Lagos advocates youth mentoring to check social vices

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    The Deputy Governor of Lagos State, Dr. Idiat Oluranti Adebule has said that lack of adequate supervision engenders negative attitude during the formative years of children and adolescents in any society.

    While delivering an address at the 8th anniversary of the re-introduction and rekindling of the interest of children of Lagos State in Voluntary Uniformed Clubs, Dr. Adebule affirmed that “hanging out unsupervised with peers contributes negatively to child and adolescent development. However, participation in supervised constructive activities provides adolescents with opportunities to gain social skills from positive interactions with peers”.

    Adebule who was represented at the event by the Permanent Secretary, Ministry of Education, Mr. Adesina Odeyemi said “there is no gainsaying that participation in a supervised and constructive activity limits the time that is available for less constructive activity, such as juvenile delinquency, alcohol, drug use and getting involved in risky behaviors among adolescents and adults”.

    She said studies have shown that adolescents who participate in club activities did better academically, were more optimistic, had higher self-esteem, and expressed greater self-confidence than the national average, and they were more oriented towards serving their communities in the future.

    Dr. Adebule noted that clubs offer young people activities, roles, and relationships that can contribute positively to their development and prepare them for problem-solving, conflict resolution, critical thinking, identity exploration, collaboration, organisation, and the pursuit of excellence and productivity in work, family, and other community settings.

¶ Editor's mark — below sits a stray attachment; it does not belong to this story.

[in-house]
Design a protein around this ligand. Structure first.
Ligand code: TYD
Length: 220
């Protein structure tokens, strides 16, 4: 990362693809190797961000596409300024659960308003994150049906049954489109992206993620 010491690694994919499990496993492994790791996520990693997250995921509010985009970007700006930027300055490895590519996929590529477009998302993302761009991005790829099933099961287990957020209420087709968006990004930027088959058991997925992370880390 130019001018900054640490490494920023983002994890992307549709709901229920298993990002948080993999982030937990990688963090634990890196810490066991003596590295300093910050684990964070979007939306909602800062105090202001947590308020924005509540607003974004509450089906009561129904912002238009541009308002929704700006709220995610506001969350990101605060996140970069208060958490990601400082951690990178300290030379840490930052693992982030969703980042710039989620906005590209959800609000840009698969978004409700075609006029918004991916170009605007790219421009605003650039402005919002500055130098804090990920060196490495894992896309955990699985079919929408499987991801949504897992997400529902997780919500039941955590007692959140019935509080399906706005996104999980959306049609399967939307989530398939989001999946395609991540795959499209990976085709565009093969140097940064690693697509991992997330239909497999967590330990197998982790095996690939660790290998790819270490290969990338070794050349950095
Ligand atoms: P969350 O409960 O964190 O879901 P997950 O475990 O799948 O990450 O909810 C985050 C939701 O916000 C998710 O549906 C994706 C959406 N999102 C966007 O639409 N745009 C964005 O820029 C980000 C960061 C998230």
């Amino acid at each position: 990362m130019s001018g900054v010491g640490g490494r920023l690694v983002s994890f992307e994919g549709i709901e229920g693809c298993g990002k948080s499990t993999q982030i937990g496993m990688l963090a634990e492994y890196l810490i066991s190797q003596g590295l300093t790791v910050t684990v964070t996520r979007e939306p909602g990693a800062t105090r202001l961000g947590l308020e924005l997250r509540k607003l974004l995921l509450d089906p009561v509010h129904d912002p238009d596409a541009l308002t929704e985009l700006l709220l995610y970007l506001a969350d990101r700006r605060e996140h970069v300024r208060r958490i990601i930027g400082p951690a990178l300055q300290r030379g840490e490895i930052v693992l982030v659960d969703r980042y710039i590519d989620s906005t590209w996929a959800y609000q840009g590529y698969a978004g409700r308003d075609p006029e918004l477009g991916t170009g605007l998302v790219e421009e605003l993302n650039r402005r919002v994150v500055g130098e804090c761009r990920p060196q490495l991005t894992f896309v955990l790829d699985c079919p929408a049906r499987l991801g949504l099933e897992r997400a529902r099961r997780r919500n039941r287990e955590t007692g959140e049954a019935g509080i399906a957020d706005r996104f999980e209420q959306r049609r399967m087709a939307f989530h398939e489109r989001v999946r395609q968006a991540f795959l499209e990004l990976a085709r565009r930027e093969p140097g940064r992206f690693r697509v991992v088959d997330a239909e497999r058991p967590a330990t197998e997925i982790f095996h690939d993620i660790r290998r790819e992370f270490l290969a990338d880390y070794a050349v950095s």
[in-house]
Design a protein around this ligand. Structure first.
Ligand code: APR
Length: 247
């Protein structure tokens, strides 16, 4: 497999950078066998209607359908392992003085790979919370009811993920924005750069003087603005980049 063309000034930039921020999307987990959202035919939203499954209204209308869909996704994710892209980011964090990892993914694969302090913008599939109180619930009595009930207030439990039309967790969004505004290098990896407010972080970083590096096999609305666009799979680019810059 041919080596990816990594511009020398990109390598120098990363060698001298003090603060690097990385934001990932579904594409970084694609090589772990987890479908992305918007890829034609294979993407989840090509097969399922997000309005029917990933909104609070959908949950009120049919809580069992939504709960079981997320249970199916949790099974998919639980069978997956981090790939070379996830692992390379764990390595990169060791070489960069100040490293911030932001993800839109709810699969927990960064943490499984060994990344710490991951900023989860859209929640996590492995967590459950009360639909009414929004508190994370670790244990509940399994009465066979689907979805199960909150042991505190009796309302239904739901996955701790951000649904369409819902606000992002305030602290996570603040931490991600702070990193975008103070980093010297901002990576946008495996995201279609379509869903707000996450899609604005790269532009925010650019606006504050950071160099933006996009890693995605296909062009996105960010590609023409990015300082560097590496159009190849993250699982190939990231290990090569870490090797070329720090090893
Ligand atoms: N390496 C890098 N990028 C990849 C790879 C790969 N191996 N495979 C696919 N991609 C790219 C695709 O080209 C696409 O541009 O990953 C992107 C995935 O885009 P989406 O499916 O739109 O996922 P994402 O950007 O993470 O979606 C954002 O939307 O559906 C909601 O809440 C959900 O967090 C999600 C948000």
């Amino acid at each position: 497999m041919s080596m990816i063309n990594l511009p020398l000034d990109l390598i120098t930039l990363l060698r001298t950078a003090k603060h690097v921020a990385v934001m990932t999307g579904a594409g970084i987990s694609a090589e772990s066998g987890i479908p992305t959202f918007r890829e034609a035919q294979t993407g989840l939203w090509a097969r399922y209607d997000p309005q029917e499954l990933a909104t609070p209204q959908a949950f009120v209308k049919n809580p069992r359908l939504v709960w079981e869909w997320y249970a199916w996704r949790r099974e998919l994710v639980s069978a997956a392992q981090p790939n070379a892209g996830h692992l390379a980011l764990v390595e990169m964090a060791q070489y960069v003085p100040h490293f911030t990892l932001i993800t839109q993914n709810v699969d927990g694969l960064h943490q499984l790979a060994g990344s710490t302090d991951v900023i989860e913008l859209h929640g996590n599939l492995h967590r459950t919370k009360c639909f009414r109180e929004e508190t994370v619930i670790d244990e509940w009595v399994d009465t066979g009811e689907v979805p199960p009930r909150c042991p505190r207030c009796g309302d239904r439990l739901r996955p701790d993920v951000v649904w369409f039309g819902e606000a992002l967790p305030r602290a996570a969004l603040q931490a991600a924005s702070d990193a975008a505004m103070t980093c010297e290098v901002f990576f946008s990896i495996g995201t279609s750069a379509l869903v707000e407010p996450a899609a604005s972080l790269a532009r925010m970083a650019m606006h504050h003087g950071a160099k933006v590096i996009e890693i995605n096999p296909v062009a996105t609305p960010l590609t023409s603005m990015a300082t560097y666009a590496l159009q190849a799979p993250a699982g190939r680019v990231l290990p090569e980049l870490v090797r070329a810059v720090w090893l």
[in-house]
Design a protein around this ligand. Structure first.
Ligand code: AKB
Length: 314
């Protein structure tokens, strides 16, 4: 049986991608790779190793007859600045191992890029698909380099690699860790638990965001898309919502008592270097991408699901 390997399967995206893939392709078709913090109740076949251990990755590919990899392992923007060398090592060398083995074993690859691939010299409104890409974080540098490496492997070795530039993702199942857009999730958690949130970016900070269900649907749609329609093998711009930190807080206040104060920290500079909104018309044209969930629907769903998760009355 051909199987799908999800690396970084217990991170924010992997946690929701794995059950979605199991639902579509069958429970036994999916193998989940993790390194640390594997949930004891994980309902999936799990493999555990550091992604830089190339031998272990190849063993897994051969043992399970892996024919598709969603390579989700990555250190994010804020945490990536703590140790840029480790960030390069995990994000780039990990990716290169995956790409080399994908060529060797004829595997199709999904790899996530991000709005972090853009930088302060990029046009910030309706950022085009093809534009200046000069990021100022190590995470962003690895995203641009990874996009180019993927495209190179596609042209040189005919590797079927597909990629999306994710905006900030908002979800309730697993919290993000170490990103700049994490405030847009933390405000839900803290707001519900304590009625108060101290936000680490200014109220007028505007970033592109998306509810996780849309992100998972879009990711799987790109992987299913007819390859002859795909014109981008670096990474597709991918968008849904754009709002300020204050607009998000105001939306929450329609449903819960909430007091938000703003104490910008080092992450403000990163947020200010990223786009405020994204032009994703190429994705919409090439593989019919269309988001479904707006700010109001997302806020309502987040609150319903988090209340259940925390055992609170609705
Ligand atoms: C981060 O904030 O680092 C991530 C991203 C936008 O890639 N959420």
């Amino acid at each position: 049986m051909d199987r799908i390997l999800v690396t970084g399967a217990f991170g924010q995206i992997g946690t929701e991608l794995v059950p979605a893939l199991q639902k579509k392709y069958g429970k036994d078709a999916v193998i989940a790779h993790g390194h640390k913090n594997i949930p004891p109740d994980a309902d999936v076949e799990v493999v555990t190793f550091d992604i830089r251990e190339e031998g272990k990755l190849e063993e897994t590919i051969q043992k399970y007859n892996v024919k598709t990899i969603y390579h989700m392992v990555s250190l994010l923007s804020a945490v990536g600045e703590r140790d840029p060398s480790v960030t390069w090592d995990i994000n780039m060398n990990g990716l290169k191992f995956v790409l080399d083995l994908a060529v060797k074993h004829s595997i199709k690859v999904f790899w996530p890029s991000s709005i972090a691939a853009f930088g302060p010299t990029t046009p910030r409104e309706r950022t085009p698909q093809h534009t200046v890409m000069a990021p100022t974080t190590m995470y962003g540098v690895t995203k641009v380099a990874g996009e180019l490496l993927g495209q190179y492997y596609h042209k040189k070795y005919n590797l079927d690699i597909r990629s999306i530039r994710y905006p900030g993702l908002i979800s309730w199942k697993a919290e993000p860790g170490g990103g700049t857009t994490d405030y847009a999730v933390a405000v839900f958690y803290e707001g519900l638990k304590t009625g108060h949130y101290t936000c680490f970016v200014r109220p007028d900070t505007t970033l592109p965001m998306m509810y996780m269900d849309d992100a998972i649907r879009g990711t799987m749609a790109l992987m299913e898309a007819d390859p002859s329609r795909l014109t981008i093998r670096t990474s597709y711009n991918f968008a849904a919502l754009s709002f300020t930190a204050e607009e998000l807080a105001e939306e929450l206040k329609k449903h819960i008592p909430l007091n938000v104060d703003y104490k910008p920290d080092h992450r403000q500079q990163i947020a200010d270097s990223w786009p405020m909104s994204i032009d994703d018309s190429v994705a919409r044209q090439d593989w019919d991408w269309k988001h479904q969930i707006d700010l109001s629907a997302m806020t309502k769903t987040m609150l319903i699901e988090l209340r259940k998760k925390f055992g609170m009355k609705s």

The Deputy Governor opined that mentoring relationships are important characteristics of clubs and youth programs, adding that adolescents who have an after-school relationship with mentors are far less likely to use drugs or alcohol than those who do not have such relationships.

    According to her, several developmental theories point to the importance of adult mentoring for the child and adolescent development.

    She advised that youths should enrol in clubs that are focused on a specific area of need like the Red Cross or other similar uniformed clubs to train and develop themselves in service to humanity.

    Adebule also urged the adults and leaders of the various voluntary uniformed organisations to take mentoring serious and provide leadership to our youth being leaders of tomorrow and assured that posterity would appreciate their efforts.

    Earlier, the Director of Co-Curricular, Mrs. Babs Akinyeye in a welcome address had noted that a shift of children’s attention from purpose driven organisations, is largely responsible for most of the social devices we have today ranging from cultism to alcohol and drug abuse, rape, robbery and examination malpractices.

    She revealed that it was in an attempt to stem this negative tide that the State Government re-introduced the clubs to the State Public Schools and encouraged children to enrol in them and participate actively.

    The commemoration of the anniversary is also an avenue created to allow students associate with the other members of the clubs and interact with adults who act as role models and mentors, she added.

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